negligence: Adams v. Fields, 308 Pa. 301, 305, 162 A. 177; Martin v. Gall, 370 Pa. 258, 261, 87 A.2d 925. To sustain its contention appellant attempts to bring the case within the incontrovertible physical facts doctrine, and in support thereof offered exhibit A-1 upon which various lines of vision are projected, in an attempt to prove that plaintiff could have seen some distance to his left if he had looked before entering on the street car tracks, and that if he had had his automobile under proper control he would have been able to stop before the street car hit it. The incontrovertible physical facts doctrine cannot be invoked under the circumstances of this case where there are three moving objects. There can be no doubt the plaintiff's vision was entirely blocked when he and the street car on his left were waiting for the traffic signal to change. After the signal changed the street car to plaintiff's left started moving, following which the plaintiff moved forward. After both vehicles were in motion the street car travelling west on Wylie Avenue came through the intersection on a red light at a high rate of speed. Plaintiff and his witnesses gave evidence that made it impossible for defendant to show with any degree of accuracy that plaintiff could have seen the street car except at the point of impact. It is a well-settled rule in Pennsylvania that incontrovertible physical facts cannot be established by oral evidence as to the position, movement or speed of moving objects: Miller v. Measmer, 353 Pa. 18, 20, 44 A.2d 284; Hostetler v. Kniseley, 322 Pa. 248, 250, 185 A. 300; Jones v. Bell Telephone Company, 159 Pa. Superior Ct. 556, 560, 49 A.2d 272. To concede defendant's contention would place an unnecessary burden upon the plaintiff. The verdicts determined that the plaintiff's automobile was struck almost at the very instant its front wheels reached the middle of the street car track.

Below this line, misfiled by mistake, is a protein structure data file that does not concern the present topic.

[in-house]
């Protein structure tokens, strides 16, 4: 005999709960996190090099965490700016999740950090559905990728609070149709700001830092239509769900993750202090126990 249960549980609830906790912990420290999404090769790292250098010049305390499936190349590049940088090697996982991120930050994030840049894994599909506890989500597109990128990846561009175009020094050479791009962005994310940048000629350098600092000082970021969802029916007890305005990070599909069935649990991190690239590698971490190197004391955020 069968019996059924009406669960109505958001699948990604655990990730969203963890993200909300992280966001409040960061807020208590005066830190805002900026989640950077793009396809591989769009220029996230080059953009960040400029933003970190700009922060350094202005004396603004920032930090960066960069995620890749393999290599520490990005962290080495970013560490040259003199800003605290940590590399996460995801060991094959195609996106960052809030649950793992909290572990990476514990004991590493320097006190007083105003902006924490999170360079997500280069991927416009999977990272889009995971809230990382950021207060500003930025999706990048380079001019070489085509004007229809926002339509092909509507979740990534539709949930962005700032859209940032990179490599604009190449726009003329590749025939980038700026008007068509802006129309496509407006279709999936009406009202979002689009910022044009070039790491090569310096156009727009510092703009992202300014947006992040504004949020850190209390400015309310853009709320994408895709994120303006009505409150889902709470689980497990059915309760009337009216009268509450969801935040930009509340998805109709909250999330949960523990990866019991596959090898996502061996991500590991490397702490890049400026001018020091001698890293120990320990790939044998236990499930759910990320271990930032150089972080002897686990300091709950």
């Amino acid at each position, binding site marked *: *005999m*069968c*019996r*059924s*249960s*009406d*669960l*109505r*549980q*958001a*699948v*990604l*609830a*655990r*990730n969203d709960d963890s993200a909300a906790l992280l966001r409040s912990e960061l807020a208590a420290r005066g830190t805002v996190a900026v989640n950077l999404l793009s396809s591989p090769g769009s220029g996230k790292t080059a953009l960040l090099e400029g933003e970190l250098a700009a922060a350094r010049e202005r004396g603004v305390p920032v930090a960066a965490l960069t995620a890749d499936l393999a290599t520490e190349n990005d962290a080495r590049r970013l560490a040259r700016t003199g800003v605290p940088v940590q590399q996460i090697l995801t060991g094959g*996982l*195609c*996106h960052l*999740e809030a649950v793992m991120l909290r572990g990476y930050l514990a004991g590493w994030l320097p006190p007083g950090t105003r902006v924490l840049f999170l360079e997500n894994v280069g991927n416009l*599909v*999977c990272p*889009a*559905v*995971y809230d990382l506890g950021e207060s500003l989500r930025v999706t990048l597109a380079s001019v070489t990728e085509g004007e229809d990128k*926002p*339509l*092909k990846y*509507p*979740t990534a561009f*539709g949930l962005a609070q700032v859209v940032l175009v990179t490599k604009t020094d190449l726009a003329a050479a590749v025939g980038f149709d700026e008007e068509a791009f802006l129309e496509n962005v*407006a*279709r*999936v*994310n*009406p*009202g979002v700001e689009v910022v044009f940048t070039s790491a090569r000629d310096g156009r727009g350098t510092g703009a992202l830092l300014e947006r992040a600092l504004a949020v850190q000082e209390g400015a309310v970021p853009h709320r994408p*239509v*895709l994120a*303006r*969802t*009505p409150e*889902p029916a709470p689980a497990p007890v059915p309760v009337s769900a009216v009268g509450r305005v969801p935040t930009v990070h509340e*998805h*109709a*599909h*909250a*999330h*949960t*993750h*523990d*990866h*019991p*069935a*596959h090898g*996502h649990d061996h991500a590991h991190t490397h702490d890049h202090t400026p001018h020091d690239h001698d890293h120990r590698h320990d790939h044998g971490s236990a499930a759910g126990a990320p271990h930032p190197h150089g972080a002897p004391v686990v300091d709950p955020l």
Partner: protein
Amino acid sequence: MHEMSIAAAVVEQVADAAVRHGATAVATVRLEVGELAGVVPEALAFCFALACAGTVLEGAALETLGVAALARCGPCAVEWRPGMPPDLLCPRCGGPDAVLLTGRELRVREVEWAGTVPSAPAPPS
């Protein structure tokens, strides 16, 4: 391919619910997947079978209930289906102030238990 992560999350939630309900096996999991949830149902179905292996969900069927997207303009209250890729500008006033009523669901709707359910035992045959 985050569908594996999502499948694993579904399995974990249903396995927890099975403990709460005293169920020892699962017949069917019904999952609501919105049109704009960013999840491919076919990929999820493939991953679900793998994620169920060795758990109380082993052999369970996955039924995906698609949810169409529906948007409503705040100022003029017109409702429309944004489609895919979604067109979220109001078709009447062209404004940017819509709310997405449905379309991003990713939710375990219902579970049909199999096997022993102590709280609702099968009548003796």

[ 378 Pa. Page 17]

In Rea v. Pittsburgh Railways Company, 344 Pa. 421, 425, 25 A.2d 730, we stated: "It is well-settled that 'The law only make obligatory the rule of common sense regarding the duty of a driver at the intersection of streets, where traffic is very dangerous because conflicting. He must be vigilant, must exercise a high degree of care, must have his car under complete control, and must look, and see what is visible, before attempting to cross the intersecting street': Byrne v. Schultz, 306 Pa. 427, 433. This principle is in no way relaxed because the intersection may be an unusual one or may involve a complex traffic problem. Such a situation would demand a higher degree of vigilance on the part of those crossing or about to cross such an intersection. Plaintiff took every precaution under the circumstances here presented. He could not have remained stationary when the signal was in his favor and stopped the movement of other automobiles in his lane of traffic in order to get an unobstructed view of traffic approaching from his left. If that were required, multiple traffic lanes for automobiles to move simultaneously in the same direction would obviously be rendered useless, for they would further increase, rather than decrease, traffic congestion." See also McDonald v. Ferrebee, 366 Pa. 543, 79 A.2d 232.

As in the Rea case, the plaintiff's view to the east was entirely obstructed by the street car to his left while he waited for the traffic light to turn from red to green, and thereafter until the front end of his car had just passed the nearest track; the street car approaching on Wylie Avenue striking the plaintiff's automobile when the front wheels were just about in the middle of the street car tracks. The plaintiff testified that he could not see the street car until it was about 3 or 4 feet from him, and that it struck him almost immediately as he saw it.

[ 378 Pa. Page 18]

In the instant case the court below, in an opinion refusing the defendant's motion, found that the question of the plaintiff's contributory negligence was for the jury, and that he could not be convicted thereof as a matter of law.

Judgment affirmed.

Disposition

Judgment affirmed.

19540524

© 1998 VersusLaw Inc.